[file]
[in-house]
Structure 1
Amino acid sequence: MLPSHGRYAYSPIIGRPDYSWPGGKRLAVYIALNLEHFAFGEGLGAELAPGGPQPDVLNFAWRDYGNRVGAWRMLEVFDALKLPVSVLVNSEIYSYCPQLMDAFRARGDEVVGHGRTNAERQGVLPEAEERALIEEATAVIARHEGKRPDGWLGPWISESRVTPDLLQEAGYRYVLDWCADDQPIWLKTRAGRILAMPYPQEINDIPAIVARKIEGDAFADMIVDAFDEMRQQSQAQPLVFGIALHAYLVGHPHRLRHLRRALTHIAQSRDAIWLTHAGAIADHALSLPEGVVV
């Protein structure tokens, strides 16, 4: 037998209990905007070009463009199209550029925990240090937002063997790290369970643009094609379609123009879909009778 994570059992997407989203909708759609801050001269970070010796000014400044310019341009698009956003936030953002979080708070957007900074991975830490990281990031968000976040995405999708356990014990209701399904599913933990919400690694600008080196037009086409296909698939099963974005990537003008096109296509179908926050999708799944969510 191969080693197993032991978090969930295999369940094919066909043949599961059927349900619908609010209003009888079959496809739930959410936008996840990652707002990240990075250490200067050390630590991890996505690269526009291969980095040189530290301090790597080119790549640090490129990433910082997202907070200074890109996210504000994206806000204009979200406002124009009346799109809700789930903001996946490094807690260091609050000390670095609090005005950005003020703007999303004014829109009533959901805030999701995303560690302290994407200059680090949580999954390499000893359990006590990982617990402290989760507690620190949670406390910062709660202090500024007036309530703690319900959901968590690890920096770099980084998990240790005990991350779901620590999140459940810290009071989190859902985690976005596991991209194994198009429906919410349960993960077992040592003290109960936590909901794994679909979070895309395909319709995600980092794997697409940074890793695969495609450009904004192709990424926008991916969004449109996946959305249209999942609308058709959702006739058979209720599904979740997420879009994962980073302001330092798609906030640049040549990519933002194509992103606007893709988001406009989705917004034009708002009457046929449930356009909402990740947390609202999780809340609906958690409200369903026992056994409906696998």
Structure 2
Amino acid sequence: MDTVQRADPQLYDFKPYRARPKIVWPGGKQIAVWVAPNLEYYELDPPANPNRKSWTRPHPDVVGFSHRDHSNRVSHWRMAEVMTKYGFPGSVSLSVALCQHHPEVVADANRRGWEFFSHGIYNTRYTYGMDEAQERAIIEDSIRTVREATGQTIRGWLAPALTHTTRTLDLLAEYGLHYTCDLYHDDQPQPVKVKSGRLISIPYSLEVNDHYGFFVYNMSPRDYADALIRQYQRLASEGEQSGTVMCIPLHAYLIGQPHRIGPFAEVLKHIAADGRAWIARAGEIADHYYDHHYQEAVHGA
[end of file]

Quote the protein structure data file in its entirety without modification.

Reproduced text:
[in-house]
Structure 1
Amino acid sequence: MLPSHGRYAYSPIIGRPDYSWPGGKRLAVYIALNLEHFAFGEGLGAELAPGGPQPDVLNFAWRDYGNRVGAWRMLEVFDALKLPVSVLVNSEIYSYCPQLMDAFRARGDEVVGHGRTNAERQGVLPEAEERALIEEATAVIARHEGKRPDGWLGPWISESRVTPDLLQEAGYRYVLDWCADDQPIWLKTRAGRILAMPYPQEINDIPAIVARKIEGDAFADMIVDAFDEMRQQSQAQPLVFGIALHAYLVGHPHRLRHLRRALTHIAQSRDAIWLTHAGAIADHALSLPEGVVV
């Protein structure tokens, strides 16, 4: 037998209990905007070009463009199209550029925990240090937002063997790290369970643009094609379609123009879909009778 994570059992997407989203909708759609801050001269970070010796000014400044310019341009698009956003936030953002979080708070957007900074991975830490990281990031968000976040995405999708356990014990209701399904599913933990919400690694600008080196037009086409296909698939099963974005990537003008096109296509179908926050999708799944969510 191969080693197993032991978090969930295999369940094919066909043949599961059927349900619908609010209003009888079959496809739930959410936008996840990652707002990240990075250490200067050390630590991890996505690269526009291969980095040189530290301090790597080119790549640090490129990433910082997202907070200074890109996210504000994206806000204009979200406002124009009346799109809700789930903001996946490094807690260091609050000390670095609090005005950005003020703007999303004014829109009533959901805030999701995303560690302290994407200059680090949580999954390499000893359990006590990982617990402290989760507690620190949670406390910062709660202090500024007036309530703690319900959901968590690890920096770099980084998990240790005990991350779901620590999140459940810290009071989190859902985690976005596991991209194994198009429906919410349960993960077992040592003290109960936590909901794994679909979070895309395909319709995600980092794997697409940074890793695969495609450009904004192709990424926008991916969004449109996946959305249209999942609308058709959702006739058979209720599904979740997420879009994962980073302001330092798609906030640049040549990519933002194509992103606007893709988001406009989705917004034009708002009457046929449930356009909402990740947390609202999780809340609906958690409200369903026992056994409906696998």
Structure 2
Amino acid sequence: MDTVQRADPQLYDFKPYRARPKIVWPGGKQIAVWVAPNLEYYELDPPANPNRKSWTRPHPDVVGFSHRDHSNRVSHWRMAEVMTKYGFPGSVSLSVALCQHHPEVVADANRRGWEFFSHGIYNTRYTYGMDEAQERAIIEDSIRTVREATGQTIRGWLAPALTHTTRTLDLLAEYGLHYTCDLYHDDQPQPVKVKSGRLISIPYSLEVNDHYGFFVYNMSPRDYADALIRQYQRLASEGEQSGTVMCIPLHAYLIGQPHRIGPFAEVLKHIAADGRAWIARAGEIADHYYDHHYQEAVHGA